The status of international and transnational distance learning is studied. Distance learning leaders from around the globe are quoted and examples of innovative educational institutions and corporations are presented. Based on the study, essential elements for institutions of global or transnational education are listed. Socio-cultural based elements include: international peace, prosperity and understanding, successful communication and cooperation among peoples and nations, international strategic alliances, and a culture of shared leadership. Quality assurance elements include: evaluation, standards, an international exchange of knowledge, Internet access, and teaching of lifelong learning skills. Many more elements are also listed. Next, the success, importance and moral force of the ACRL Guidelines for Distance Learning Library Services are discussed. The philosophical precepts on which the moral force of the Guidelines is based are listed and explained. J. Wheeler.

Ismail-Kaye, Nazira. “International Centre for Distance Learning (ICDL) and Services to Distance Learners.” Paper presented at the AAOU Pre-Conference Seminar on Outreach Library Services for Distance Learners, February 20, 2002, New Delhi, India.
The International Centre for Distance Learning (ICDL) is a centre for research, teaching, consultancy, information and publishing activities. It is based in the UK Open University’s Institute of Educational Technology. Three databases provided by ICDL are available to the public via the ICDL website. In one database a list and descriptions of providers/institutions offering distance learning programmes is provided. Another database contains descriptions of various distance leaning courses in the UK. The third database is focused on the literature surrounding distance education. A description of three projects that the ICDL is involved with is provided along with accompanying URLs. Finally, library services for the Open University’s Master of Arts (MA) in Open and Distance Education are outlined. The MA is offered online via the conferencing system FirstClass. Reference assistance and document delivery services can be obtained via an “Ask ICDL” icon within the conferencing system. J. Wheeler.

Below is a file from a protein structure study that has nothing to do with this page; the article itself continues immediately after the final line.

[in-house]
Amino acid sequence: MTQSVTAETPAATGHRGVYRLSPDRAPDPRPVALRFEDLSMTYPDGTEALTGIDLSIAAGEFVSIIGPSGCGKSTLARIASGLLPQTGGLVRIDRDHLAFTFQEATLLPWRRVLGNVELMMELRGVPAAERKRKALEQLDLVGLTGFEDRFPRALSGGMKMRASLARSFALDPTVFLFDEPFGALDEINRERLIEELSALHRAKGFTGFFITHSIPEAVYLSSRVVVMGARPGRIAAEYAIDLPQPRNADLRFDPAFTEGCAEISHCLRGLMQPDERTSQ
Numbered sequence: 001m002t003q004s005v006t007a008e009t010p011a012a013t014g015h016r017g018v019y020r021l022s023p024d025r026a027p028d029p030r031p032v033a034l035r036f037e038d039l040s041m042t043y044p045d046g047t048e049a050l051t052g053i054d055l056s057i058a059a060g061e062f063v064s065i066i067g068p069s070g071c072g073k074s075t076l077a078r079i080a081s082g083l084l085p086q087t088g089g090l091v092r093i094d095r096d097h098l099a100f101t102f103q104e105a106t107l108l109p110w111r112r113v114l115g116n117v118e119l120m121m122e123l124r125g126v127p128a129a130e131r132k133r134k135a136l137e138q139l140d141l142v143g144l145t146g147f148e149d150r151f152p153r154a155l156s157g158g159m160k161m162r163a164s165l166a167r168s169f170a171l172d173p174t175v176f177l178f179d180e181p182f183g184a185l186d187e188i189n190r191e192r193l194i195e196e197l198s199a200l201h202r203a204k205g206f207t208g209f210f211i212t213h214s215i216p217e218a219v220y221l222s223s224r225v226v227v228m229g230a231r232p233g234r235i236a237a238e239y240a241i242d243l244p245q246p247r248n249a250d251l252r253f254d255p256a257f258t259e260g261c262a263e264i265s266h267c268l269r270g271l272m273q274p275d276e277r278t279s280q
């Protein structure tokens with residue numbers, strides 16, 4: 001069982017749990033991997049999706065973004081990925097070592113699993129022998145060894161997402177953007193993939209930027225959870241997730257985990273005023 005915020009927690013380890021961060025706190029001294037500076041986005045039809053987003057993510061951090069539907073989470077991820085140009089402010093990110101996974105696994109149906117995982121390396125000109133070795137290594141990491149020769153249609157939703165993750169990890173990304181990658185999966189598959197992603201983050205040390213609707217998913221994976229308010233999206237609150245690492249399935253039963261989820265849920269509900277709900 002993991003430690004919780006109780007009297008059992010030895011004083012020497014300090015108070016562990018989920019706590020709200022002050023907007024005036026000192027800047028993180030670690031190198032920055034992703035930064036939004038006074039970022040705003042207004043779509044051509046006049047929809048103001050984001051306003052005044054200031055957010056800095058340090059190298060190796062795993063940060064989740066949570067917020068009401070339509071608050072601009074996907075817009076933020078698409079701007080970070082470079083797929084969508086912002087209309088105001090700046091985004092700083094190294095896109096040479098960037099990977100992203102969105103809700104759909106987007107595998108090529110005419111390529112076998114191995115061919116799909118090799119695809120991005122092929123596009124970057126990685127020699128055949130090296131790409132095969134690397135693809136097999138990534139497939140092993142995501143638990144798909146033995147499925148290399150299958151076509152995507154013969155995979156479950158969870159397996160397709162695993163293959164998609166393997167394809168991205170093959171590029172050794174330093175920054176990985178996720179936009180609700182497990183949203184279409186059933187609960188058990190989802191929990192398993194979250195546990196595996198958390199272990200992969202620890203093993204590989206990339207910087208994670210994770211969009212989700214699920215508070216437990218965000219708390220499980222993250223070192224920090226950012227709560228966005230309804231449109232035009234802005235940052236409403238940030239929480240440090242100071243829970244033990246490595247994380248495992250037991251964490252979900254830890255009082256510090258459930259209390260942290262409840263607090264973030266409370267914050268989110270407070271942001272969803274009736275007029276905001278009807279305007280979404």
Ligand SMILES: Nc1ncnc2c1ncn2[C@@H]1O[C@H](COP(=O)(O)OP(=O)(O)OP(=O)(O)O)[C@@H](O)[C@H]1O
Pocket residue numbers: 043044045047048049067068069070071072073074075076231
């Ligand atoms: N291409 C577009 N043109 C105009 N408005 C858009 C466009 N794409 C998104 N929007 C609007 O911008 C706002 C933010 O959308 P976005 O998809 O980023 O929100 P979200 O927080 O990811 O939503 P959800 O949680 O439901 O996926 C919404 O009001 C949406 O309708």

Bridgland, Angela and Patrick Blanchard. “Flexible Delivery/Flexible Learning – Does It Make a Difference?” Australian Academic and Research Libraries 32, no. 3 (September 2001): 177-191.